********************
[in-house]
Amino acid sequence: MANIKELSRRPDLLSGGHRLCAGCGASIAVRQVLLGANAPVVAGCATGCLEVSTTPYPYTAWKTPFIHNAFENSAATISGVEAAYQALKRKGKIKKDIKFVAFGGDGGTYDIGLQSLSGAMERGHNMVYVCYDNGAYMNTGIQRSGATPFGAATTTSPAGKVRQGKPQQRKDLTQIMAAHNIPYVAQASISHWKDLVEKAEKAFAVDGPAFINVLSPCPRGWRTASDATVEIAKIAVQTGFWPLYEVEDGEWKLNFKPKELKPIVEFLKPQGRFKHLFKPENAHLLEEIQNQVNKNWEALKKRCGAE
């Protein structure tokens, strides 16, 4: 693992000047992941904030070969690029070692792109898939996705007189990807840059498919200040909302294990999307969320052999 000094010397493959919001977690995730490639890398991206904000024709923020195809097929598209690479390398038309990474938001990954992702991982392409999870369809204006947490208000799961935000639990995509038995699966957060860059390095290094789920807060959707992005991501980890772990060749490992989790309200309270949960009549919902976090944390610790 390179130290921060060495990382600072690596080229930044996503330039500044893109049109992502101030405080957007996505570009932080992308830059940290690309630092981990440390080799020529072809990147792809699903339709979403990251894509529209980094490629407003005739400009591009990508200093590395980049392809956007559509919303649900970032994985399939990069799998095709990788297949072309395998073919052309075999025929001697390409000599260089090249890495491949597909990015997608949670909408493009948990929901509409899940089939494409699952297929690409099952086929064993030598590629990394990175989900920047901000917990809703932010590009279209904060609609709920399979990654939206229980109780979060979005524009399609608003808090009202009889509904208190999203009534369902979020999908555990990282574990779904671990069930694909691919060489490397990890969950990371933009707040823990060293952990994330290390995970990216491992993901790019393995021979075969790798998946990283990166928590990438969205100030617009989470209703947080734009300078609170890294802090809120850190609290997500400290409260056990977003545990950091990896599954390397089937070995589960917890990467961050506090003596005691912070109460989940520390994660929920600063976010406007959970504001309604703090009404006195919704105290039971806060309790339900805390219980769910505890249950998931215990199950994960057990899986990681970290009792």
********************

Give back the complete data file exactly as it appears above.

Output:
[in-house]
Amino acid sequence: MANIKELSRRPDLLSGGHRLCAGCGASIAVRQVLLGANAPVVAGCATGCLEVSTTPYPYTAWKTPFIHNAFENSAATISGVEAAYQALKRKGKIKKDIKFVAFGGDGGTYDIGLQSLSGAMERGHNMVYVCYDNGAYMNTGIQRSGATPFGAATTTSPAGKVRQGKPQQRKDLTQIMAAHNIPYVAQASISHWKDLVEKAEKAFAVDGPAFINVLSPCPRGWRTASDATVEIAKIAVQTGFWPLYEVEDGEWKLNFKPKELKPIVEFLKPQGRFKHLFKPENAHLLEEIQNQVNKNWEALKKRCGAE
């Protein structure tokens, strides 16, 4: 693992000047992941904030070969690029070692792109898939996705007189990807840059498919200040909302294990999307969320052999 000094010397493959919001977690995730490639890398991206904000024709923020195809097929598209690479390398038309990474938001990954992702991982392409999870369809204006947490208000799961935000639990995509038995699966957060860059390095290094789920807060959707992005991501980890772990060749490992989790309200309270949960009549919902976090944390610790 390179130290921060060495990382600072690596080229930044996503330039500044893109049109992502101030405080957007996505570009932080992308830059940290690309630092981990440390080799020529072809990147792809699903339709979403990251894509529209980094490629407003005739400009591009990508200093590395980049392809956007559509919303649900970032994985399939990069799998095709990788297949072309395998073919052309075999025929001697390409000599260089090249890495491949597909990015997608949670909408493009948990929901509409899940089939494409699952297929690409099952086929064993030598590629990394990175989900920047901000917990809703932010590009279209904060609609709920399979990654939206229980109780979060979005524009399609608003808090009202009889509904208190999203009534369902979020999908555990990282574990779904671990069930694909691919060489490397990890969950990371933009707040823990060293952990994330290390995970990216491992993901790019393995021979075969790798998946990283990166928590990438969205100030617009989470209703947080734009300078609170890294802090809120850190609290997500400290409260056990977003545990950091990896599954390397089937070995589960917890990467961050506090003596005691912070109460989940520390994660929920600063976010406007959970504001309604703090009404006195919704105290039971806060309790339900805390219980769910505890249950998931215990199950994960057990899986990681970290009792």